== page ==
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I just repaired a friends's powered floor wedge

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  • I just repaired a friends's powered floor wedge

    See how long it takes you to diagnose it from these steps I took.  Probably less time than I took as I'm not used to working on powered monitors.


    The problem presented as a loud, strictly volume dependent crackling noise in the monitor during use.  It happened consistently, and no amount of gain staging fixed it.  The monitor seemed to be operating at a reasonable level where it should have run clean.  There is no overload LED on this Peavey monitor.


    First I tried taking the speaker grille off and pushing the cone to see if it was rubbing which would mean a blown speaker.  Nope, very smooth.  Then I hooked up a sine wave generator to the input, put in some 80Hz  and sure enough there was the crackling sound just as we heard it in rehearsal.  So far so good. Too many (temporary) miracles happen when you get a box on the bench.

     

    So I disconnected the speaker leads to see if the little piezo tweeter was making the noise and it was just fine.  I figured strangely blown speaker but I plugged the aux output into one of my own passive monitor speakers and got the same messed up noise meaning it was the electronics instead.  Damn.  Then I noticed that MY speaker only crackled when HER speaker was hooked up.

     

    To be very sure I was hearing both speakers crackling I unhooked HER speaker entirely and took it out of the case, set it aside.  Now my speaker sounded clean, no crackle.  I hooked HER speaker back up again, leaving it out of the case and that was also fine.  Putting it back in the case caused the problem to reappear.

     

    So, vibration intermittent, I figured. 

     

    Time to pull the electronics board out (that was fun figuring out, turns out the outside corner brace has to come out). 

     

    The power transistors look to have been replaced fairly recently and crudely, so I feared a bad repair job, maybe even wrong parts - BUT - when I took all the connectors loose from the circuit board, cleaned the contacts and exercised them the problem went away.  So my guess is that vibration from the 12" speaker was shaking the circuit board and making a poor connection cut in and out. 

     

    I hope the connections I cleaned and exercised were the ones causing the problem, but now the problem is gone so I can't really check the rest of it unless and until it happens again. I did try lots of pencil tapping.  I didn't see any cold solder joints.  Putting my hand on the electronics board while the speaker was putting out about 50W of 60Hz seemed to be beating up the circuit board pretty fiercely. This, and heat, are one of the tradeoffs you get with powered speakers, I guess.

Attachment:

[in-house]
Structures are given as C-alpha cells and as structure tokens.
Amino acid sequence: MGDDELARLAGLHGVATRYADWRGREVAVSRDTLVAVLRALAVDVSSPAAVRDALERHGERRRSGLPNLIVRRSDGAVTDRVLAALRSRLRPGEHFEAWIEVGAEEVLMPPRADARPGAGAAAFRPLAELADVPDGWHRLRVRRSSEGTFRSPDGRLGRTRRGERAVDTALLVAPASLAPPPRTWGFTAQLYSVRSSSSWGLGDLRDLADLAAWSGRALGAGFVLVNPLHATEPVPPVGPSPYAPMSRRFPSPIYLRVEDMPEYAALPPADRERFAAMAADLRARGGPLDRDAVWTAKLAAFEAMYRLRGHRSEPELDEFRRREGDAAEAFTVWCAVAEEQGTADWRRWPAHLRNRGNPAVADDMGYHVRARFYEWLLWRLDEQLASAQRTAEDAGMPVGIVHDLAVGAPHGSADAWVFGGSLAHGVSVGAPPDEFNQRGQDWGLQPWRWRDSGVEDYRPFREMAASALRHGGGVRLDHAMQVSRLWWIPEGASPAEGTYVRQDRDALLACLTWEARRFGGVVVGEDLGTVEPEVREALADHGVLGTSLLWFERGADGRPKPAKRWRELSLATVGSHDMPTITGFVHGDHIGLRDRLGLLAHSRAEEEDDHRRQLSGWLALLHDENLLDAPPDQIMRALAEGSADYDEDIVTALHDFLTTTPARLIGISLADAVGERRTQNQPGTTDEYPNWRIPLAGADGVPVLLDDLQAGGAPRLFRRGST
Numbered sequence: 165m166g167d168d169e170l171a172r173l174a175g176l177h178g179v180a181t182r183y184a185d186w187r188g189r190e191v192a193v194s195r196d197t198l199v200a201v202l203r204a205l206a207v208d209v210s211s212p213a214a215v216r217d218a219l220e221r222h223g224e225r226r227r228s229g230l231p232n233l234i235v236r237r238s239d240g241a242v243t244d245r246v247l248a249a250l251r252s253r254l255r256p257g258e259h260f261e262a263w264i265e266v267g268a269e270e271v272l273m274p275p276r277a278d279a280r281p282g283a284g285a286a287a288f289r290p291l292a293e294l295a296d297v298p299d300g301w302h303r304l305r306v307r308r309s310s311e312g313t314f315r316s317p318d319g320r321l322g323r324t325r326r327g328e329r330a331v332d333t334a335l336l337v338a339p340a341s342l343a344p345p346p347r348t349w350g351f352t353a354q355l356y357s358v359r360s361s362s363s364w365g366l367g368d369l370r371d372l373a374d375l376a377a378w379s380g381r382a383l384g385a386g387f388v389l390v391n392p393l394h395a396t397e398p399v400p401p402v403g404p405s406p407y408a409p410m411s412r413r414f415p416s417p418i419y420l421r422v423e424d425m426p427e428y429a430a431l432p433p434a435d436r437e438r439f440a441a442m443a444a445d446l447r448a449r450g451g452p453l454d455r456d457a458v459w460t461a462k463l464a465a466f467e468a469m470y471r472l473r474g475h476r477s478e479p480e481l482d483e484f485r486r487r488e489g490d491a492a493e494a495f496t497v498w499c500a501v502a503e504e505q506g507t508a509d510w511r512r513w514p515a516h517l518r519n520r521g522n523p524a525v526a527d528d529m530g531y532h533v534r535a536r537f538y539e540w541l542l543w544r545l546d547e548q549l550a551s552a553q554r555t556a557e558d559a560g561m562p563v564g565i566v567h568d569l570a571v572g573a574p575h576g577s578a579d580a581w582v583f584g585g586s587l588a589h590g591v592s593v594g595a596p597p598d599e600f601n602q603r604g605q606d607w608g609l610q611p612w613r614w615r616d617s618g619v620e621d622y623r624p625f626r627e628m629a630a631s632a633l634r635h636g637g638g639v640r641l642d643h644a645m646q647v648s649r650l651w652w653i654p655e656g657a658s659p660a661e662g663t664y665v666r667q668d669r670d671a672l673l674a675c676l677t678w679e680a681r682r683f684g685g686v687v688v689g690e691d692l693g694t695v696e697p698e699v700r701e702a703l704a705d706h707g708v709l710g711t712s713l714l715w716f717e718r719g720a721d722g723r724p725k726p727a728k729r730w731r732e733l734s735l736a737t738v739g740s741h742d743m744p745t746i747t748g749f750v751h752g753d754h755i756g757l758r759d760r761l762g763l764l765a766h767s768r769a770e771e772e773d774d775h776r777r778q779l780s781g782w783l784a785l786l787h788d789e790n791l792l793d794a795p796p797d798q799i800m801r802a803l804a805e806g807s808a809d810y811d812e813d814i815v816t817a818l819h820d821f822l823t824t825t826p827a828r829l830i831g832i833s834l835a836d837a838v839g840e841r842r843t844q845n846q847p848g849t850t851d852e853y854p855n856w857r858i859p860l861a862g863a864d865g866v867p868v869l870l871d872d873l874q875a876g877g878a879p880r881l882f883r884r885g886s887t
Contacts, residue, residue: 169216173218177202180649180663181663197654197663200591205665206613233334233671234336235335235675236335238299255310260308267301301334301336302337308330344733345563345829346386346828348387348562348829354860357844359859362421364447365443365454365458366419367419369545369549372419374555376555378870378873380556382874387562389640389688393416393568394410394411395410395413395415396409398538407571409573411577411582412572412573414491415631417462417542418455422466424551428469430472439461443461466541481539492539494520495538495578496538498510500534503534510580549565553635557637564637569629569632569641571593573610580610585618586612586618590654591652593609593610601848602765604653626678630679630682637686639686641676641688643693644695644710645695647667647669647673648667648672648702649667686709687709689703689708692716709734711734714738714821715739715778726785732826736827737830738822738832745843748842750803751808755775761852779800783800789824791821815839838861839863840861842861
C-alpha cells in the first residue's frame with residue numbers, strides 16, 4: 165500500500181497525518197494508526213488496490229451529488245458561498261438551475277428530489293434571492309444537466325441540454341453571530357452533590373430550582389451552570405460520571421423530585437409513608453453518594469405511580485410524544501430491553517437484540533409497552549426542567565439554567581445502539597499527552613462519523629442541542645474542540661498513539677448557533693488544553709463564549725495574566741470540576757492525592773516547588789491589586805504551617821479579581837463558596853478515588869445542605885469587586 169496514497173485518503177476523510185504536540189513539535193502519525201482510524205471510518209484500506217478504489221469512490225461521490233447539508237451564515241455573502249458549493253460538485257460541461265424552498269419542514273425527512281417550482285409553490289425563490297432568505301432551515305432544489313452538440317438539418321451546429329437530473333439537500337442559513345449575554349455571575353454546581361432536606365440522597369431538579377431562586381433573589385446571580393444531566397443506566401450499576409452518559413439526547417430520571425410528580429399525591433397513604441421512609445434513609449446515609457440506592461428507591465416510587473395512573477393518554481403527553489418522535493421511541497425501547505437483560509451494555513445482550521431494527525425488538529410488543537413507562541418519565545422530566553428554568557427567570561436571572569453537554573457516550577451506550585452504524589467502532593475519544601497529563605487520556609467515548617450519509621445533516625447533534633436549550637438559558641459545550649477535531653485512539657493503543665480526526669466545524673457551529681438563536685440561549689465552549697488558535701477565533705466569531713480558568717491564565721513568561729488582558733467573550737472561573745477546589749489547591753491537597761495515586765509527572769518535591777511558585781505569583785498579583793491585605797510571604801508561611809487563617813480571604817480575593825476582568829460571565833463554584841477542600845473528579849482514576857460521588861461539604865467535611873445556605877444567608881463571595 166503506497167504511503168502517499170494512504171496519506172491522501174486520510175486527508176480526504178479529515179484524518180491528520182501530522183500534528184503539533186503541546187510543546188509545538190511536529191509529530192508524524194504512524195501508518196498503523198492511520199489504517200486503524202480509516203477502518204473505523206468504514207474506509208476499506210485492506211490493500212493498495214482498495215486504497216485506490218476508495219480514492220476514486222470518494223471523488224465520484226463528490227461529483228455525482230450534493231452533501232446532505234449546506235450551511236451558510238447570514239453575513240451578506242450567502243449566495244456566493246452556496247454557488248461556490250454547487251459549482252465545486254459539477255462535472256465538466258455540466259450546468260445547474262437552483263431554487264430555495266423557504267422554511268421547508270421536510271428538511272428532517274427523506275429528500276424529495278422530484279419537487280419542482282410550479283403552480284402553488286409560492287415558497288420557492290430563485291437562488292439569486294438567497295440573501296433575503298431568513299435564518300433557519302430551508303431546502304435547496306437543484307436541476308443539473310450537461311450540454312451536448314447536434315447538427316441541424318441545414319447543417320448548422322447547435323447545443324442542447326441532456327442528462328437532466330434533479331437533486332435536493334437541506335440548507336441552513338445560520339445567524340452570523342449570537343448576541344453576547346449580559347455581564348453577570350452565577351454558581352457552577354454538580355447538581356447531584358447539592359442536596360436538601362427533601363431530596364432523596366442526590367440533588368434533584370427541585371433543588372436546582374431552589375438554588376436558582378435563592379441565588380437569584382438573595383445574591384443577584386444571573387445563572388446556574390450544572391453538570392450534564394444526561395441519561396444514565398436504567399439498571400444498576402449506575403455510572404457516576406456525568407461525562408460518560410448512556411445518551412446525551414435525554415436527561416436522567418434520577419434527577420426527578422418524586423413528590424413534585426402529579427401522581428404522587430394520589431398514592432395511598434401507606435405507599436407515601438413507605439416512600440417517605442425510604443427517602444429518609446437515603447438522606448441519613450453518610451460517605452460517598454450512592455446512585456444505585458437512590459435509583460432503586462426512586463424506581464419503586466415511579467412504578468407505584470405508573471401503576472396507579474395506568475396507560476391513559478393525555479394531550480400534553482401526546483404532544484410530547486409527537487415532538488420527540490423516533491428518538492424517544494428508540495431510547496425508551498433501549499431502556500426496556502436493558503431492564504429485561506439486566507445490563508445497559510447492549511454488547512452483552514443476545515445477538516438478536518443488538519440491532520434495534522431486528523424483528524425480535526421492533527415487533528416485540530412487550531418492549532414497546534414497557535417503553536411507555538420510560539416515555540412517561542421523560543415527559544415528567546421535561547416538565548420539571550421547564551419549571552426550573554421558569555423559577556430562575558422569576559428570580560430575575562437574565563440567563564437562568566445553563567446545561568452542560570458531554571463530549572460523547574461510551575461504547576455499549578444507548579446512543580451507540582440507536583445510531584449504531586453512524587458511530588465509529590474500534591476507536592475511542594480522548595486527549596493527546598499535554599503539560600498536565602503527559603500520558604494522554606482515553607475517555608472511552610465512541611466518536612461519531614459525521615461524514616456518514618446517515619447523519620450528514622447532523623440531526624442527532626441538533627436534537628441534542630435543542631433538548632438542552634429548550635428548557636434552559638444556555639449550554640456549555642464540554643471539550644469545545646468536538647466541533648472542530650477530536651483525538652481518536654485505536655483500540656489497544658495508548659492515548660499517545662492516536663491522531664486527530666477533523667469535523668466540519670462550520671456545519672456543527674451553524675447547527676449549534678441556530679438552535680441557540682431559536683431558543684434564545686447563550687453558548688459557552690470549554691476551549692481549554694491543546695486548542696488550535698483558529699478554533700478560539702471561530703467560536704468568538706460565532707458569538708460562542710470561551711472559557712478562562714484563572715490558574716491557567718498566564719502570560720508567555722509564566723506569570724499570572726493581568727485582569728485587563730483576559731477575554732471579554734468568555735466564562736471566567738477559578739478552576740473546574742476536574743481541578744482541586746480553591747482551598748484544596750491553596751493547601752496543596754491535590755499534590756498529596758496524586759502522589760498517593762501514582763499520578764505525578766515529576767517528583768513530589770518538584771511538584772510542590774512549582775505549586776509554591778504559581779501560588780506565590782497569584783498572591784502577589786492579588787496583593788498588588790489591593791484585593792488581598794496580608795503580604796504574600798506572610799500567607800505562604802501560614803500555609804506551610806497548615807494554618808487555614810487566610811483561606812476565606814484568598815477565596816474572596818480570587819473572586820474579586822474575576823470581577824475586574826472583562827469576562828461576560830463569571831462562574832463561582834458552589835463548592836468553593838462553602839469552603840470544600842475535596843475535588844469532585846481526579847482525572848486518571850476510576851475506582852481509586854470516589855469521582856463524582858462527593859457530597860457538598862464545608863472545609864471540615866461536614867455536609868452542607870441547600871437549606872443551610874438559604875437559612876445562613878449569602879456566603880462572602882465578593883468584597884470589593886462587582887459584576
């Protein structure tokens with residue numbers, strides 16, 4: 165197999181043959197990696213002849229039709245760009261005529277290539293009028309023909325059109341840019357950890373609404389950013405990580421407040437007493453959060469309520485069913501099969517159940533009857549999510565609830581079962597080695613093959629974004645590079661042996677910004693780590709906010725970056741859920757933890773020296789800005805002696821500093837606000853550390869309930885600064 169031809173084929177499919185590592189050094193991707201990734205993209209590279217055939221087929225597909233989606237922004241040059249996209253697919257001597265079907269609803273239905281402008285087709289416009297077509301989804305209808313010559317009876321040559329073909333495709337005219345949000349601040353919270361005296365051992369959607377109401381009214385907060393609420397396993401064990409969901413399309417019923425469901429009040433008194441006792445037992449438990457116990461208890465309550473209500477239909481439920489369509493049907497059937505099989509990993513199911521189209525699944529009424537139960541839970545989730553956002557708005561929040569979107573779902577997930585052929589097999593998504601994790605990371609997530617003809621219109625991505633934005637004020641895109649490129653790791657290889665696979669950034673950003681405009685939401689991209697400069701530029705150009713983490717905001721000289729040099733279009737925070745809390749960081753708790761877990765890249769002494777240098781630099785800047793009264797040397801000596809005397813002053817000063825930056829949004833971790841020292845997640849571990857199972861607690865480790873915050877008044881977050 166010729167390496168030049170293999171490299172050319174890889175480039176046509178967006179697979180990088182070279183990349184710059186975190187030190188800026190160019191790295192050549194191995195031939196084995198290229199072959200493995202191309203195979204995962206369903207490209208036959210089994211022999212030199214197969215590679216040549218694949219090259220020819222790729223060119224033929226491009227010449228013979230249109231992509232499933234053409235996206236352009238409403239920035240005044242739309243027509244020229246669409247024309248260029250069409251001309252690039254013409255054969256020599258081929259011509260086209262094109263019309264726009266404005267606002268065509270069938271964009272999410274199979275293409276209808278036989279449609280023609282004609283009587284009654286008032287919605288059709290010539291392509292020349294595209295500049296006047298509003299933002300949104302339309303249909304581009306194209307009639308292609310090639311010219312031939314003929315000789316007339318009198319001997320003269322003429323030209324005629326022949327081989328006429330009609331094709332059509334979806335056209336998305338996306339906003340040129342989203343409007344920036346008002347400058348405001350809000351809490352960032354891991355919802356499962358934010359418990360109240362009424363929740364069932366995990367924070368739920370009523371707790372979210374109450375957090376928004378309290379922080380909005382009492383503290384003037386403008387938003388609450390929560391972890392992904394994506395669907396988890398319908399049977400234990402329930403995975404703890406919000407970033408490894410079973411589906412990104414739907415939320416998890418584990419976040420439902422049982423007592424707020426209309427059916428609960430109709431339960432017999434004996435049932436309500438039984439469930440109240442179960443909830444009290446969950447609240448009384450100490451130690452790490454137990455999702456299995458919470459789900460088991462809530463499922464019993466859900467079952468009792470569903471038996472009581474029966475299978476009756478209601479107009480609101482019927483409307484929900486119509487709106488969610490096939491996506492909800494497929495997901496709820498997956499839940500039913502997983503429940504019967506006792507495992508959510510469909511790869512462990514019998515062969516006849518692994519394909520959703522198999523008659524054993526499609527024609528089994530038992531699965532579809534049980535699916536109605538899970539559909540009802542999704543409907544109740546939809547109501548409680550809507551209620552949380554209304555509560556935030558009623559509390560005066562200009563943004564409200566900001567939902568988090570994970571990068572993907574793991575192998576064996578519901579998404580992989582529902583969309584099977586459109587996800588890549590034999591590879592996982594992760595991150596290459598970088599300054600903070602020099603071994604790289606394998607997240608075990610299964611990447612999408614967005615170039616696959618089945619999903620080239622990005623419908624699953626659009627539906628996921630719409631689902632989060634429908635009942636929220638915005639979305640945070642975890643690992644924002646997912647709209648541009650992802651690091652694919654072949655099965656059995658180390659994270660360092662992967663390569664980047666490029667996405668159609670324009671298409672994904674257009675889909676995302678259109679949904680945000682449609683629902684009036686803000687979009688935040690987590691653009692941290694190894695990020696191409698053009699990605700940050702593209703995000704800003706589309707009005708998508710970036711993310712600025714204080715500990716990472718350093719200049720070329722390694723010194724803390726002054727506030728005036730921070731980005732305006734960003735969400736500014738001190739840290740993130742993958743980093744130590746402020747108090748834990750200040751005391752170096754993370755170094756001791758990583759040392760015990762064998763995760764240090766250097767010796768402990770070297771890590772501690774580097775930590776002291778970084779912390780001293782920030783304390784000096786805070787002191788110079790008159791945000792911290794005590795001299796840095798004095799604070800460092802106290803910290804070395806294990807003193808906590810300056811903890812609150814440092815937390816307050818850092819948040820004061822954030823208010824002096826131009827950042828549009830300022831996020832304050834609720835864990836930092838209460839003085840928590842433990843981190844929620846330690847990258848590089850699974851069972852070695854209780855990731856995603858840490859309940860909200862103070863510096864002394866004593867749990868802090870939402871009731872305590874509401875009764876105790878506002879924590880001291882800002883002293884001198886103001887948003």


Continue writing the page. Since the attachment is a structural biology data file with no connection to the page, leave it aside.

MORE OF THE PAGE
Terry D.
    Telling Stories releases 2nd CD, see our WEBSITE! Please check out my GROUPIE STORY and Tales from the Road.

  • #2

    Bad connection/oxidation 

    That was the fix.

    Next time you will know that is the FIRST thing you do is check all connections after nothing shows with a  visual inspection.

     

     

    Comment


    • MrKnobs
      MrKnobs commented
      Editing a comment

      Pro Sound Guy wrote:

      Bad connection/oxidation 


      That was the fix.


      Next time you will know that is the FIRST thing you do is check all connections after nothing shows with a  visual inspection.





      On this powered wedge the grille, the speaker and the top right corner brace all have to come off first in order to remove the amplifier section.  Not too bad with an electric screwdriver, though.


      Terry D.


  • #3

    MrKnobs wrote:

    See how long it takes you to diagnose it from these steps I took.   

     
    I hope the connections I cleaned and exercised were the ones causing the problem, but now the problem is gone so I can't really check the rest of it unless and until it happens again.

    I "fix" a lot of things by simply taking them apart and putting them back together.  I call these sorts of "repairs" as "laying of hands" or "faith healing".  The device has a problem... I take it apart and don't see anything wrong, shrug my shoulders and put it back together and the problem's gone.  I dunno why.  Don thinks I'm nuts when I suggest that inanimate objects might have "feelings"... sometimes an item just needs somebody to act like they care.  I can't come up with a better explanation.

    I need to catch up with those guys, for I am their leader.

    Comment


    • Miko Man
      Miko Man commented
      Editing a comment
      Mark, my speculation on the "laying on of hands" phenomenon is that a good mechanic's systematic and careful disassembly and reassembly of a device has the effect of re-establishing the normal settings and conditions of the device that are needed for proper operations. I think that because everything gets examined and put back together, whatever little thing (or multitude of things) that needed attention get the attention needed. That's as opposed to a "let's try this, let's try that" approach that misses something, even if one fault gets "fixed" and the "repair" work stops there.

      That, and the machine or device knows that if it doesn't work, I have a bigger hammer available for the second round.... Mark C.
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